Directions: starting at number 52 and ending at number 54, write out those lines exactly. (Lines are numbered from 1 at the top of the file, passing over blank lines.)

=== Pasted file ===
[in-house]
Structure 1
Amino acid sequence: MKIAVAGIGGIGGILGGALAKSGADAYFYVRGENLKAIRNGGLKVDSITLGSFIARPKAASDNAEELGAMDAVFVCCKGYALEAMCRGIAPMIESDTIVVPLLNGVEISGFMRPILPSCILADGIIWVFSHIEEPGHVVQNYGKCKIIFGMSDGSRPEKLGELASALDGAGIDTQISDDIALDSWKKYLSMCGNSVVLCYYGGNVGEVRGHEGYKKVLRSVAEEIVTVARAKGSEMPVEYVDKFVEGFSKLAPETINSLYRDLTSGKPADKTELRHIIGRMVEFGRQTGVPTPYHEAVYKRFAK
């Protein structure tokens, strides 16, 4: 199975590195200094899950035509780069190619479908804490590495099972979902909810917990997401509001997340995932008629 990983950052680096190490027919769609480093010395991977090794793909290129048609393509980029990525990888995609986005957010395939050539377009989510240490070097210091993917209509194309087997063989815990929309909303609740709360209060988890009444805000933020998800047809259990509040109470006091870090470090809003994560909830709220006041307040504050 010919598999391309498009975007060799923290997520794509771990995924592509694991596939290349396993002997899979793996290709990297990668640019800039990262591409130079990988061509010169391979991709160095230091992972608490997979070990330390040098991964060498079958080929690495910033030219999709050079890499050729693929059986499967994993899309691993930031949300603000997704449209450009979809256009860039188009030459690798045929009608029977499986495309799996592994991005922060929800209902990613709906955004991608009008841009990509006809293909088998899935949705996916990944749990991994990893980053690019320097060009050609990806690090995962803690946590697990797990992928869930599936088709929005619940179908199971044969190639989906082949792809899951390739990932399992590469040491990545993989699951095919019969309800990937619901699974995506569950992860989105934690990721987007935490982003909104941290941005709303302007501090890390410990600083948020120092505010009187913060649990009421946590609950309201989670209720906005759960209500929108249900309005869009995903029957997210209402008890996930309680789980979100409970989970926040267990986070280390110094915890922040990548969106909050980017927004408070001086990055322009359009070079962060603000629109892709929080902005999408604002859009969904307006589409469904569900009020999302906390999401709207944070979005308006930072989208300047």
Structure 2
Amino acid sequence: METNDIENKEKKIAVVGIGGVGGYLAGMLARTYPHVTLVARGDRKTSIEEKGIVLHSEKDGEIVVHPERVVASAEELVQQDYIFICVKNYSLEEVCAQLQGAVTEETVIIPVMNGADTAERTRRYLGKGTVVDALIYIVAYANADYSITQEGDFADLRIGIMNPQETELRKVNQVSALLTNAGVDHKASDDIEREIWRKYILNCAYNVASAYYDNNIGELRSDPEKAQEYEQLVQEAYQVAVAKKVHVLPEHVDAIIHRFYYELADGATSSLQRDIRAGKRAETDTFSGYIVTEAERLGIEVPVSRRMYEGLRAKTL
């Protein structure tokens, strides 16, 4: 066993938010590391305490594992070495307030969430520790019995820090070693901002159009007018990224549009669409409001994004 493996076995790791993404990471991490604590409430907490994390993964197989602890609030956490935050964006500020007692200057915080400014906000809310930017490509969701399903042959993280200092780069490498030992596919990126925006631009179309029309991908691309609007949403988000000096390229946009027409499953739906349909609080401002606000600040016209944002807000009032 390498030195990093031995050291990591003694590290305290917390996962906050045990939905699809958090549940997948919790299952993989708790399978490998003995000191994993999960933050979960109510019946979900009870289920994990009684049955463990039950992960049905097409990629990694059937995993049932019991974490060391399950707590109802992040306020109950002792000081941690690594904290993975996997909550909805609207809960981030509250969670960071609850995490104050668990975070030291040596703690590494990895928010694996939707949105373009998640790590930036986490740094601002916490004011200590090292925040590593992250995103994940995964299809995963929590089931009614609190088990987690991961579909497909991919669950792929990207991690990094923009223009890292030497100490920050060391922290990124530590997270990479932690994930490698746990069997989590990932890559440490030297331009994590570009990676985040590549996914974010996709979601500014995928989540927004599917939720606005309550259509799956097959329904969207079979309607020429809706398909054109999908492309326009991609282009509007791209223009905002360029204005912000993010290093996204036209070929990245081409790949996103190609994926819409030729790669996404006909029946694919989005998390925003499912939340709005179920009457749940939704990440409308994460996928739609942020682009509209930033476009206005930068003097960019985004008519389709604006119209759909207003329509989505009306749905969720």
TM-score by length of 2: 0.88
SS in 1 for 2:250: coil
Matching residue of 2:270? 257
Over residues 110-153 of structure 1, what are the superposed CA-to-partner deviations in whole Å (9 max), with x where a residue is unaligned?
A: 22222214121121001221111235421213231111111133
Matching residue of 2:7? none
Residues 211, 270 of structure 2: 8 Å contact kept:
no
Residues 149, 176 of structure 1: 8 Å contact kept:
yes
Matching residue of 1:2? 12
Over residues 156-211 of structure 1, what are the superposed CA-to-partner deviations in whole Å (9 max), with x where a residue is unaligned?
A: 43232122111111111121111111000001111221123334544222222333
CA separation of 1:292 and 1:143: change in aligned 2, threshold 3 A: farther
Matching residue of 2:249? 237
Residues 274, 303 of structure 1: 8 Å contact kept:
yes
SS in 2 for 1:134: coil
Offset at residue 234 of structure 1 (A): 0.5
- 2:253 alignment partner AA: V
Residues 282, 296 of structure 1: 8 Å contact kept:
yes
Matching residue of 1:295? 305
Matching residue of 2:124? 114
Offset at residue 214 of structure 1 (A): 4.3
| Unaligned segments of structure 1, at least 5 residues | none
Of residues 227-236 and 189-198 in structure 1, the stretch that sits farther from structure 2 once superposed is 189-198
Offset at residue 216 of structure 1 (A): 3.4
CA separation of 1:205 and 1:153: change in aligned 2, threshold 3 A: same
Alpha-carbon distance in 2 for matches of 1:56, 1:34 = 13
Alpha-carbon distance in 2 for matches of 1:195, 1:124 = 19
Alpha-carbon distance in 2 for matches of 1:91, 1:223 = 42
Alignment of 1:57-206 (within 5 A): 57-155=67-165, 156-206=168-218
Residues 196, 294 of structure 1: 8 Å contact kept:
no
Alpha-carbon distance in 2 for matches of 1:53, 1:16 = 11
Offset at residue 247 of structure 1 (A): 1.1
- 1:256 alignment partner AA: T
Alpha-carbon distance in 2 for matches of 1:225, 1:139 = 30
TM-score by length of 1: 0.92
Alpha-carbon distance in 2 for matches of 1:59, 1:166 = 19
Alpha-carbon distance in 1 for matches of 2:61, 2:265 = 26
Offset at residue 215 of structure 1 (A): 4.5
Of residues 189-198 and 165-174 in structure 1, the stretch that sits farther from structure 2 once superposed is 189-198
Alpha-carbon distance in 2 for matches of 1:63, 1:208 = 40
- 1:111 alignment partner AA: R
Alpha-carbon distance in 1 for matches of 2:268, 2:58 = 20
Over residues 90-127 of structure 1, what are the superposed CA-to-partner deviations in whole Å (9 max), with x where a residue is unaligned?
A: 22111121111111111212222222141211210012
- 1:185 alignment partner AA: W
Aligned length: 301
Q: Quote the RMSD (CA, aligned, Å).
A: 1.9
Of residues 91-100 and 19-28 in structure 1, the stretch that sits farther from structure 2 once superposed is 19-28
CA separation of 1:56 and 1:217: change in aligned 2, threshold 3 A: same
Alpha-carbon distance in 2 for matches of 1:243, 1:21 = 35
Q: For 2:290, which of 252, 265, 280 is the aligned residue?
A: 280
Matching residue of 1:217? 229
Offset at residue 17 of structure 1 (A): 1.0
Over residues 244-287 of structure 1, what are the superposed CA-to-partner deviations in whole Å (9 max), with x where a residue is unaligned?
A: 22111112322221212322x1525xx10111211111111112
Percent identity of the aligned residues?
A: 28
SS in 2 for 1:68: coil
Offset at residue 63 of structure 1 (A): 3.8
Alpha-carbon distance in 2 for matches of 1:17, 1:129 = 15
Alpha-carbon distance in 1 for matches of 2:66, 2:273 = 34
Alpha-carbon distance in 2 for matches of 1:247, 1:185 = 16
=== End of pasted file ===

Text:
Alpha-carbon distance in 2 for matches of 1:63, 1:208 = 40
- 1:111 alignment partner AA: R
Alpha-carbon distance in 1 for matches of 2:268, 2:58 = 20